Post-Cat Finishing Schedule for Rough Surfaces

Solving a complex tinting and adhesion problem: using a post-catalyzed finish with gel stain on rough timbers. June 30, 2009

Question
I am currently refinishing doors that were sandblasted and lightly stained. The customer wants it darker. I have put ML Campbell dye stain, Krystal, gel stain, Krystal. Should I have any problems? Also there are some beams to do inside they were not sandblasted but are really rough. Will not sanding cause issues down the road. The beams have already had a previous coat of stain and clear.

Forum Responses
(Finishing Forum)
From the original questioner:
I have used the products before I just havenít done it the wrong way before - the sanding that is.



From contributor G:
The short answer is absolutely. If you put on successive coats within two hours of the previous coating it will burn in. However this is not recommended by MLC, they insist that all coats should be sanded prior to recoating. Putting a gel stain between coats of Krystal will likely be trouble later on.


From contributor Z:
It should go Krystal, gel, vinyl sealer, and then Krystal. Then you would be ok.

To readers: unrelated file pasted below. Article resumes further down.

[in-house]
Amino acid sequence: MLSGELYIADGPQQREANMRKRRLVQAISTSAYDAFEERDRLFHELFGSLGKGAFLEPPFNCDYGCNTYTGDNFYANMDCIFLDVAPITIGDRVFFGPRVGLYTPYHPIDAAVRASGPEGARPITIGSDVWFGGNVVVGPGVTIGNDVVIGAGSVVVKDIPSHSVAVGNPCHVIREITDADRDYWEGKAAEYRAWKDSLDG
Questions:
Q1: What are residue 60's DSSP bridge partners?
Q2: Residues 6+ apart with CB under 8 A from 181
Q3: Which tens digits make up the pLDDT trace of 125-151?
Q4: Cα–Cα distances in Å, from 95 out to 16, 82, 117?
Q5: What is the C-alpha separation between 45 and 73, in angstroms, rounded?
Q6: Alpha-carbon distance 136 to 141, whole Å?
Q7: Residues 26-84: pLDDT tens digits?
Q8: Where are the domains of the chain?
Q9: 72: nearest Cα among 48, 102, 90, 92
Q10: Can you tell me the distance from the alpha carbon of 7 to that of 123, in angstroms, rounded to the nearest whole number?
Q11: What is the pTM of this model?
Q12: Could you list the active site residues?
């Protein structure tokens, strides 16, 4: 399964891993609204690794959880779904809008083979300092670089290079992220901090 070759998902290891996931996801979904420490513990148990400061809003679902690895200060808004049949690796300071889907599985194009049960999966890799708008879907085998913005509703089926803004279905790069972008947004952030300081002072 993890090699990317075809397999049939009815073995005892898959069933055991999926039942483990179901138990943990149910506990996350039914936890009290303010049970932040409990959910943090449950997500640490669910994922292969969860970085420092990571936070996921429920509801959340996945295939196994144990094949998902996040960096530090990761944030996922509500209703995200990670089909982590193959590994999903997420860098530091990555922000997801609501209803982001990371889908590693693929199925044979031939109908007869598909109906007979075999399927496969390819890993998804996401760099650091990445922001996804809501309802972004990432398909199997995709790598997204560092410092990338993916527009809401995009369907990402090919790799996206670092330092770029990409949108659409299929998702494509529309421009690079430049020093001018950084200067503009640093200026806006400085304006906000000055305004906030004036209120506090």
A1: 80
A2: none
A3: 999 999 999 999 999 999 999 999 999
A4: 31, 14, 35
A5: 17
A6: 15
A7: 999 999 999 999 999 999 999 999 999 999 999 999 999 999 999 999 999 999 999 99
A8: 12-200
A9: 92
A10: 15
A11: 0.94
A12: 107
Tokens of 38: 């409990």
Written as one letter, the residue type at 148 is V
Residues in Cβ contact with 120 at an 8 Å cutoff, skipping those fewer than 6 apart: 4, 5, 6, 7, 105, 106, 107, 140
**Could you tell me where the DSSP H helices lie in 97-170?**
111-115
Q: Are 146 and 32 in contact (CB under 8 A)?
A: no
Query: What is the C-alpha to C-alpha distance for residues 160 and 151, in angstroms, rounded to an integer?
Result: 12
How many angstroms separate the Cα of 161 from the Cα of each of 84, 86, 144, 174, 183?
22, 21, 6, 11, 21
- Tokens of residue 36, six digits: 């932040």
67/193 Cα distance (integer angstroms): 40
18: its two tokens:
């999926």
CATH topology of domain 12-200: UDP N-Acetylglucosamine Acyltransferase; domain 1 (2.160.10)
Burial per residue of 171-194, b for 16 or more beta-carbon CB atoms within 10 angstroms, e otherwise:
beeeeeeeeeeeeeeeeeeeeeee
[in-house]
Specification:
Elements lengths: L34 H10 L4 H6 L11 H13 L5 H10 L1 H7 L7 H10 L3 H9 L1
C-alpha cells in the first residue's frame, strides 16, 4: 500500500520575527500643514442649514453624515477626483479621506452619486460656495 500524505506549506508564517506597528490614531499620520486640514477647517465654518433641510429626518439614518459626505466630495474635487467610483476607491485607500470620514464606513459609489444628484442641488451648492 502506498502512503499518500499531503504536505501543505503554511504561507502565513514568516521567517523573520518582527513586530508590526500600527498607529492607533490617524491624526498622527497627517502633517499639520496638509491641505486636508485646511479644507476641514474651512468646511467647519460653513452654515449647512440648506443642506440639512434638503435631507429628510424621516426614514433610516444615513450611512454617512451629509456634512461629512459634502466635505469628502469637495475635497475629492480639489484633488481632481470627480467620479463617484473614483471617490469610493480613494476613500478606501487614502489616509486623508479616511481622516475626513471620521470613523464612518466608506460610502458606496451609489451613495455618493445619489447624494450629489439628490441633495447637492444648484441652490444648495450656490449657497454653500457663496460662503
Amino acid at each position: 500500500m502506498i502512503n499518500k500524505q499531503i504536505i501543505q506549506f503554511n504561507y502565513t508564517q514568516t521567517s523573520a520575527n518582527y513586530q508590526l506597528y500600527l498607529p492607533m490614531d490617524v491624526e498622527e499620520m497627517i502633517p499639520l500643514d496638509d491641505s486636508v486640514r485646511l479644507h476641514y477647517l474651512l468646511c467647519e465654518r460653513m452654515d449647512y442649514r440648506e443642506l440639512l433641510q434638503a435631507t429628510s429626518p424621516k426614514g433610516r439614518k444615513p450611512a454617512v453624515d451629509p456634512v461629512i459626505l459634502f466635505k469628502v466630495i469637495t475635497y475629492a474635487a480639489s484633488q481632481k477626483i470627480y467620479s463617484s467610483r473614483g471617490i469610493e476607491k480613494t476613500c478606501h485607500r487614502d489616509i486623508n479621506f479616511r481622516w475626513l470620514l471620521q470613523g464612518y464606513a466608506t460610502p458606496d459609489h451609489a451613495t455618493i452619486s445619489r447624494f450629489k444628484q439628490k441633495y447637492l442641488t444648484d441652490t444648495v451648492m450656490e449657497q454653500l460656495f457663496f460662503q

From contributor M:
I agree with contributor G and contributor Z. Vinyl sealer for sure. A post cat like crystal needs a mechanical bond to adhere to. By not sanding you do not get a mechanical bond.


From the original questioner:
Thanks for the input I will make sure to do so. Feels pointless to sand such a rough surface and not get it smooth. It turns out the beams were sandblasted and clear sealer same as the doors. Now the homeowner has added 50 door jams to be completed real soon.


From contributor G:
It may fell rough to your fingers, but the surface of the coating is still hard and smooth. The second coats of Krystal need something mechanical to adhere to. It will not burn in like regular nitro.


From the original questioner:
Why did he say that gel stain is not good sandwich between Krystal. What should I have used if not gel? With the gel I can get it dark enough with one coat instead of two with glaze.


From contributor G:
You should have sandwiched the gel stain in between two coats of vinyl sealer. This is the way MLC recommends doing glazes. And if you are applying a stain in between two coats of product with no wood absorption this is a good recommendation.